John Fitzpatrick, Product Manager at Solid State Supplies, examines the latest Cellular and Wi-Fi standards and what ‘5G in the real world’ means to customers.
The promises that we hear about 5G are higher speed connectivity, lower latency, and coverage everywhere; the reality is you may get one or two of these features but not all of them at the same time.
The 5G standard utilises radio bands from sub GHz to 40 GHz. In rural environments where cell towers are few and far between narrowband IoT (NB-IoT), sub GHz spectrum will certainly provide improved coverage, but this comes at the cost of speed and latency. Superfast connection speeds will be realised at higher frequencies (25-40 GHz), but at the cost of range. Users will need to be within a mile of the cell tower and urban objects – such as buildings, vehicles, trees – are likely to have decremental effects to the signal strength.
5G licensed spectrums supress the potential interference that may occur within the unlicensed Wi-Fi spectrums, which are shared by many other wireless technologies like Bluetooth and microwave ovens. 5G will be supplied by cellular wireless carriers but can be built as a private network by deploying your own access points, just like with Wi-Fi.
The high GHz band architecture for 5G requires more radio access points. Users for indoor space will need to assess the infrastructure – possibly deploying indoor microcells, repeaters and distributed antennas – to solve indoor 5G service issues.
5G is aimed for truly mobile connectivity such as Public Transport and Safety Vehicles, and
External Environments (e.g. mining; oil & gas extraction; farming; and manufacturing, campus or leisure areas)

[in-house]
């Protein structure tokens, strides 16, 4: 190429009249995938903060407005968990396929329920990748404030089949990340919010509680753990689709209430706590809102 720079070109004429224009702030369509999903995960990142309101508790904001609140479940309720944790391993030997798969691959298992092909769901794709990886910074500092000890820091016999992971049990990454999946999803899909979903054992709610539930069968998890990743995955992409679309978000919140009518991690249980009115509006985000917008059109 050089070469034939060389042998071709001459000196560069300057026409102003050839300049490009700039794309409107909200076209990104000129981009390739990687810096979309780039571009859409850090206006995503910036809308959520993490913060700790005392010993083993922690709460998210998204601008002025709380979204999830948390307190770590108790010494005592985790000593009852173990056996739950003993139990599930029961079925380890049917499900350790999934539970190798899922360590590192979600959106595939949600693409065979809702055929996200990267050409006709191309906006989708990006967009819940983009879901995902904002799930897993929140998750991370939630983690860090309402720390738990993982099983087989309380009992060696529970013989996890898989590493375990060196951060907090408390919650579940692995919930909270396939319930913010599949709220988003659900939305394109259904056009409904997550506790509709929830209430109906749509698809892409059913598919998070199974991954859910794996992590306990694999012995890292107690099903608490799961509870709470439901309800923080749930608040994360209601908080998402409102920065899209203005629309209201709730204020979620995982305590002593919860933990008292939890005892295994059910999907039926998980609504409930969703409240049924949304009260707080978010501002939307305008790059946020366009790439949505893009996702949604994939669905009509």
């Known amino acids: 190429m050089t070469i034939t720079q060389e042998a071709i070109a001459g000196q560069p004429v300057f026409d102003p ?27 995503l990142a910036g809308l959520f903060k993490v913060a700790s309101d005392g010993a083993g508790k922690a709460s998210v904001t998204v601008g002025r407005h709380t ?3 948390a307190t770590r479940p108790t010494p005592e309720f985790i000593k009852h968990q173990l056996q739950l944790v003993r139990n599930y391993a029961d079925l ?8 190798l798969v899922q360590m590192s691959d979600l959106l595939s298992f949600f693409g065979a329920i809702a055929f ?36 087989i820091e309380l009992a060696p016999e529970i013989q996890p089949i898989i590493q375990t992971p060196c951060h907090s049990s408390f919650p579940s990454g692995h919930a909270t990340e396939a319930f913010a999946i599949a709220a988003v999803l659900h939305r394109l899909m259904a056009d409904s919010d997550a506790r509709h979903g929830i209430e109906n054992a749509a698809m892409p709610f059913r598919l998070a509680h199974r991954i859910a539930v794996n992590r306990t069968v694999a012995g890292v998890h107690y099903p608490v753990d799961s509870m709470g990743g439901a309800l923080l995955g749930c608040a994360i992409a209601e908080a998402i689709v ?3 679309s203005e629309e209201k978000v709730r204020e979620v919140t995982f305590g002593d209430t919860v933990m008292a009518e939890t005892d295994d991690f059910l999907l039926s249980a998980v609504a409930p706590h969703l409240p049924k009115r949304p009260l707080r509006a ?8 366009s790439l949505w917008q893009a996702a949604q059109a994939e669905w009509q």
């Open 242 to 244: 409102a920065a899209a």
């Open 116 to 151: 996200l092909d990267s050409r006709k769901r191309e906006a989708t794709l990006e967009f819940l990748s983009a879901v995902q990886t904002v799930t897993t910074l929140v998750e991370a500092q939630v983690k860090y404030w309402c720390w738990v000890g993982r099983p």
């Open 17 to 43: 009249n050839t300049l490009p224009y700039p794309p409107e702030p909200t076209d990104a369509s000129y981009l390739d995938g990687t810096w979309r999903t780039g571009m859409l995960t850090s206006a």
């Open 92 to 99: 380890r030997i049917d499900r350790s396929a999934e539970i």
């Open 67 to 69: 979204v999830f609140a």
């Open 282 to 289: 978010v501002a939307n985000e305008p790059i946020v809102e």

5G offers advantages in the IoT market (NB-IoT, LPWAN) and as the 5G standards mature, the technology will improve its options for low-power IoT connectivity.
Over the coming years, the 5G rollout will start in mainstream cities and specific geographic locations; 4G technology will remain prevalent for several years. Users will need new devices, dongles, and routers to connect to 5G services, and IoT devices will need specific cellular compatibility to connect to 5G.
What is Wi-Fi 6?
Currently, Wi-Fi has established itself as the universal standard for connecting mobiles, laptops, tablets and other portable or fixed devices to a local area network.
Wi-Fi 6 (802.11ax) is the latest version of Wi-Fi and brings the promise of increased speed, low latency, improved aggregate bandwidth and advanced user traffic management, which will help reduce disconnects.
Both 5G and Wi-Fi 6 are based on Orthogonal Frequency Division Multiple Access (OFDMA). Wi-Fi 6 is less prone to interference than previous Wi-Fi standards, requires less power (which prolongs device battery life) and has improved spectral efficiency. Essentially, it is better at packing data into a signal.
Wi-Fi 6 offers full support for technologies like multiuser, multiple input, multiple out (MU-MIMO) connection quality, which will vastly improve compatible mobile devices; this should speed up content delivery. Wi-Fi 6 is also backwards compatible with older Wi-Fi standards.
And the Winner…?
The reality is that both 5G and Wi-Fi 6 are evolving in parallel; the two are largely complementary. One maybe more suitable based on different environments but there are overlaps for some user cases. This will make for an interesting competitive environment from this year onwards and into the late 2020s.
Solid State Supplies Ltd is here to support you on these technologies, with products in our portfolio including 2J Antennas, Antenova, Digi, Microchip, Quectel, Redpine, Robustel, Silicon Labs, SparkLAN, and many others.